Social Security supports 1 out of every 5 Americans: Most retirees heavily depend on Social Security for their retirement income.

It is great that people overall are living longer but adding years to your life can get costly.  Retirement can be a long time.  For some, retirement can last as long as their working career. With a pension people didn’t have to worry about longevity as if this was a bad thing.  Yet pensions are rare in our current low wage environment.  Social Security has become the backbone of income for millions of retirees.  Numbers can be daunting but as I dug deep into the Social Security figures, we now have more than 64 million Americans receiving some form of Social Security.  In other words, 1 out of 5 Americans is receiving funds from a system that heavily relies on those actually working.  The challenge is now emerging where many young Americans are being pushed into low wage jobs while older Americans scrimp by on their monthly benefit payment.  Things work until they don’t and math eventually catches up.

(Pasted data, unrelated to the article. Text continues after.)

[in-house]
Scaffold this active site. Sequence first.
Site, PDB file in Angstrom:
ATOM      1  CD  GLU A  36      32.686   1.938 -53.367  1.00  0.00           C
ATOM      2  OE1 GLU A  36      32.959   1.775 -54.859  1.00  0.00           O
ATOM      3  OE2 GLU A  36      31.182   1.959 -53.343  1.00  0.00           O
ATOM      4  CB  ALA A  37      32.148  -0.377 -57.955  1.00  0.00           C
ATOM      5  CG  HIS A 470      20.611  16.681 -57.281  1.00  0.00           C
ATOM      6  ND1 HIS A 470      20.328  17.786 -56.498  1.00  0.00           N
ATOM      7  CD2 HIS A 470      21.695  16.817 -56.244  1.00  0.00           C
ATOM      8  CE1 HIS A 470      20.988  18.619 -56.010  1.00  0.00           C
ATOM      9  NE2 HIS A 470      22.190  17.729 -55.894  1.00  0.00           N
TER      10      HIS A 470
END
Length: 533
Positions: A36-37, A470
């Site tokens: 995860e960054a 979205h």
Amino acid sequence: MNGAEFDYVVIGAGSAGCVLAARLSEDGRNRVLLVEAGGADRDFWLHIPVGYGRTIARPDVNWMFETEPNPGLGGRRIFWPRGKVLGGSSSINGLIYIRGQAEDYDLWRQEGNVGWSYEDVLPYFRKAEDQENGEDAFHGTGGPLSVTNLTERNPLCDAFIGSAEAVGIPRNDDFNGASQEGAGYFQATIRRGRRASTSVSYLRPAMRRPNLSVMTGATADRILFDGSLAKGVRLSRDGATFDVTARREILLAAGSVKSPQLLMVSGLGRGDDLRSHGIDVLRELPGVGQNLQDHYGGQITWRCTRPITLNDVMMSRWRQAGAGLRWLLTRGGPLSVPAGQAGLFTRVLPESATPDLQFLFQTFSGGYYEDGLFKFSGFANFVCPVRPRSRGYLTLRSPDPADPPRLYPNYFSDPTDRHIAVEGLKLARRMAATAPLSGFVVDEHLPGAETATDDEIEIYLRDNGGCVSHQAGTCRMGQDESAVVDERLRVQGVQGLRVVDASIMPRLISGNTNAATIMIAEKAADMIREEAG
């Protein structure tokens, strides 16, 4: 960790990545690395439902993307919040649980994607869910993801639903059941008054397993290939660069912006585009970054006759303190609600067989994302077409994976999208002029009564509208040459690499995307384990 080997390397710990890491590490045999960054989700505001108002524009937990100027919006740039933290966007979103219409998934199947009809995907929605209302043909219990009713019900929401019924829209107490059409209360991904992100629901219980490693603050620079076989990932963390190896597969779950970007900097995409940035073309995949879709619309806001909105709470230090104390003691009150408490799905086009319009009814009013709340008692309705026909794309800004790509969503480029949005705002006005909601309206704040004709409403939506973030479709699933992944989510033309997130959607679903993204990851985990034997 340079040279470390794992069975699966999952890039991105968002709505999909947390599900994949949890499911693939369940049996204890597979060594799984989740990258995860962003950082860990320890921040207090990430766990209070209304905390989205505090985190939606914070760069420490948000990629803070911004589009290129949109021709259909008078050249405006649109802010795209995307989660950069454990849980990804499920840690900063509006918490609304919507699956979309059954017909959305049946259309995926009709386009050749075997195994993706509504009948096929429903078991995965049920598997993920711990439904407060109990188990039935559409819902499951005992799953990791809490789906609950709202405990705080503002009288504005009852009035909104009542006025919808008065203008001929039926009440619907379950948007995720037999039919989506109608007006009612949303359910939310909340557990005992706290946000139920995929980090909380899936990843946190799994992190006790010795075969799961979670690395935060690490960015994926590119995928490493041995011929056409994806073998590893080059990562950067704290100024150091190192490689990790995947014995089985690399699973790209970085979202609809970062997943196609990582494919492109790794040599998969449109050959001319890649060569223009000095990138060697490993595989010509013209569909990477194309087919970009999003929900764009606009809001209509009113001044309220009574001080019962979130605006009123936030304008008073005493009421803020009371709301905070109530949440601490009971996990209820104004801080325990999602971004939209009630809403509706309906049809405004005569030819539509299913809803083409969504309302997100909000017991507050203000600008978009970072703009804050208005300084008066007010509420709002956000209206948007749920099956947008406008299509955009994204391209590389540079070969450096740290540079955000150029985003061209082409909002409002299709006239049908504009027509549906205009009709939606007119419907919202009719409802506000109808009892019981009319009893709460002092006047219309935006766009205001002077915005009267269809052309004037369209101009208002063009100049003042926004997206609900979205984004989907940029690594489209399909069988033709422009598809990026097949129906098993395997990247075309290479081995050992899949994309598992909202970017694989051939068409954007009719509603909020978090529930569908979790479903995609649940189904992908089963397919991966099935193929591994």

The Social Security system is facing some strain

You usually hear about people kicking the can down the road when it comes to Social Security.  Since the problem seems so far away, they simply choose to ignore it.  The problem however is that this is the primary source of income for many of our older citizens.  When the problems do hit, it is going to be the equivalent of millions of people losing their jobs if benefits need to be adjusted.

Take a look at how heavily older Americans rely on the Social Security system:

social security